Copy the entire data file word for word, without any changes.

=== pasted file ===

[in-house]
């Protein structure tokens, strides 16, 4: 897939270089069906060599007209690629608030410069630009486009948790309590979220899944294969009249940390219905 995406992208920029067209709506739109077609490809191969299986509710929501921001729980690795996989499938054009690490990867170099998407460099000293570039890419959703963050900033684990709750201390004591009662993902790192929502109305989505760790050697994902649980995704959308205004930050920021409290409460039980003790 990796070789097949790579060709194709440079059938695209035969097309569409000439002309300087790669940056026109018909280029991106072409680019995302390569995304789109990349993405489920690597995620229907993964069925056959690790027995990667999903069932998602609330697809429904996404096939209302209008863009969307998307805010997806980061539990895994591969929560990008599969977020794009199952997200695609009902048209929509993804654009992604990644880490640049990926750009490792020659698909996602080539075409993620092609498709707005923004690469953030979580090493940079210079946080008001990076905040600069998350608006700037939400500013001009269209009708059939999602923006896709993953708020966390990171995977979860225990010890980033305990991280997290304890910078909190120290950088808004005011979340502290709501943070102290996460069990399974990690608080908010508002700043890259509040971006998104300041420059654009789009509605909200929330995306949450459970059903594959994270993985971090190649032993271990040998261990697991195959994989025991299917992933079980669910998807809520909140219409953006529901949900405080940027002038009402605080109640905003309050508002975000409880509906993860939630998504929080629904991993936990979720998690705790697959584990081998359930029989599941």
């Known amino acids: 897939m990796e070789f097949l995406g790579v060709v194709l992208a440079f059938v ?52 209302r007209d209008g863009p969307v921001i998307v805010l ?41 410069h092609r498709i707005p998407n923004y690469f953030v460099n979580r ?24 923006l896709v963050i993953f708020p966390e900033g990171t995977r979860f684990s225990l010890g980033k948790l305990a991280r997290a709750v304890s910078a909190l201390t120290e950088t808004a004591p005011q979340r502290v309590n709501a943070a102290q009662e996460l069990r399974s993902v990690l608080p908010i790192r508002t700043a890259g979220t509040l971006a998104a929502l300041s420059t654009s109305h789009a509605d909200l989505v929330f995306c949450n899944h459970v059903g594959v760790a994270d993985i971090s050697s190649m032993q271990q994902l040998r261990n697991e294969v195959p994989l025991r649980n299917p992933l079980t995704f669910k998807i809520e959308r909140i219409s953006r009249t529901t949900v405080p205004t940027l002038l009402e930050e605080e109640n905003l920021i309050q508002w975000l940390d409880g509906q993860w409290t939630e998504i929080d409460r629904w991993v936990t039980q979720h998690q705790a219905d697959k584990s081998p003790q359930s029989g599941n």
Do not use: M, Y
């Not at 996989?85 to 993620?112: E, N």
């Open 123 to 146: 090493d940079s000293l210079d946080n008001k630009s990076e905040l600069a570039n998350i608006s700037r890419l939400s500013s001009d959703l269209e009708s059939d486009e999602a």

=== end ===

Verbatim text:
[in-house]
């Protein structure tokens, strides 16, 4: 897939270089069906060599007209690629608030410069630009486009948790309590979220899944294969009249940390219905 995406992208920029067209709506739109077609490809191969299986509710929501921001729980690795996989499938054009690490990867170099998407460099000293570039890419959703963050900033684990709750201390004591009662993902790192929502109305989505760790050697994902649980995704959308205004930050920021409290409460039980003790 990796070789097949790579060709194709440079059938695209035969097309569409000439002309300087790669940056026109018909280029991106072409680019995302390569995304789109990349993405489920690597995620229907993964069925056959690790027995990667999903069932998602609330697809429904996404096939209302209008863009969307998307805010997806980061539990895994591969929560990008599969977020794009199952997200695609009902048209929509993804654009992604990644880490640049990926750009490792020659698909996602080539075409993620092609498709707005923004690469953030979580090493940079210079946080008001990076905040600069998350608006700037939400500013001009269209009708059939999602923006896709993953708020966390990171995977979860225990010890980033305990991280997290304890910078909190120290950088808004005011979340502290709501943070102290996460069990399974990690608080908010508002700043890259509040971006998104300041420059654009789009509605909200929330995306949450459970059903594959994270993985971090190649032993271990040998261990697991195959994989025991299917992933079980669910998807809520909140219409953006529901949900405080940027002038009402605080109640905003309050508002975000409880509906993860939630998504929080629904991993936990979720998690705790697959584990081998359930029989599941």
């Known amino acids: 897939m990796e070789f097949l995406g790579v060709v194709l992208a440079f059938v ?52 209302r007209d209008g863009p969307v921001i998307v805010l ?41 410069h092609r498709i707005p998407n923004y690469f953030v460099n979580r ?24 923006l896709v963050i993953f708020p966390e900033g990171t995977r979860f684990s225990l010890g980033k948790l305990a991280r997290a709750v304890s910078a909190l201390t120290e950088t808004a004591p005011q979340r502290v309590n709501a943070a102290q009662e996460l069990r399974s993902v990690l608080p908010i790192r508002t700043a890259g979220t509040l971006a998104a929502l300041s420059t654009s109305h789009a509605d909200l989505v929330f995306c949450n899944h459970v059903g594959v760790a994270d993985i971090s050697s190649m032993q271990q994902l040998r261990n697991e294969v195959p994989l025991r649980n299917p992933l079980t995704f669910k998807i809520e959308r909140i219409s953006r009249t529901t949900v405080p205004t940027l002038l009402e930050e605080e109640n905003l920021i309050q508002w975000l940390d409880g509906q993860w409290t939630e998504i929080d409460r629904w991993v936990t039980q979720h998690q705790a219905d697959k584990s081998p003790q359930s029989g599941n």
Do not use: M, Y
């Not at 996989?85 to 993620?112: E, N």
């Open 123 to 146: 090493d940079s000293l210079d946080n008001k630009s990076e905040l600069a570039n998350i608006s700037r890419l939400s500013s001009d959703l269209e009708s059939d486009e999602a």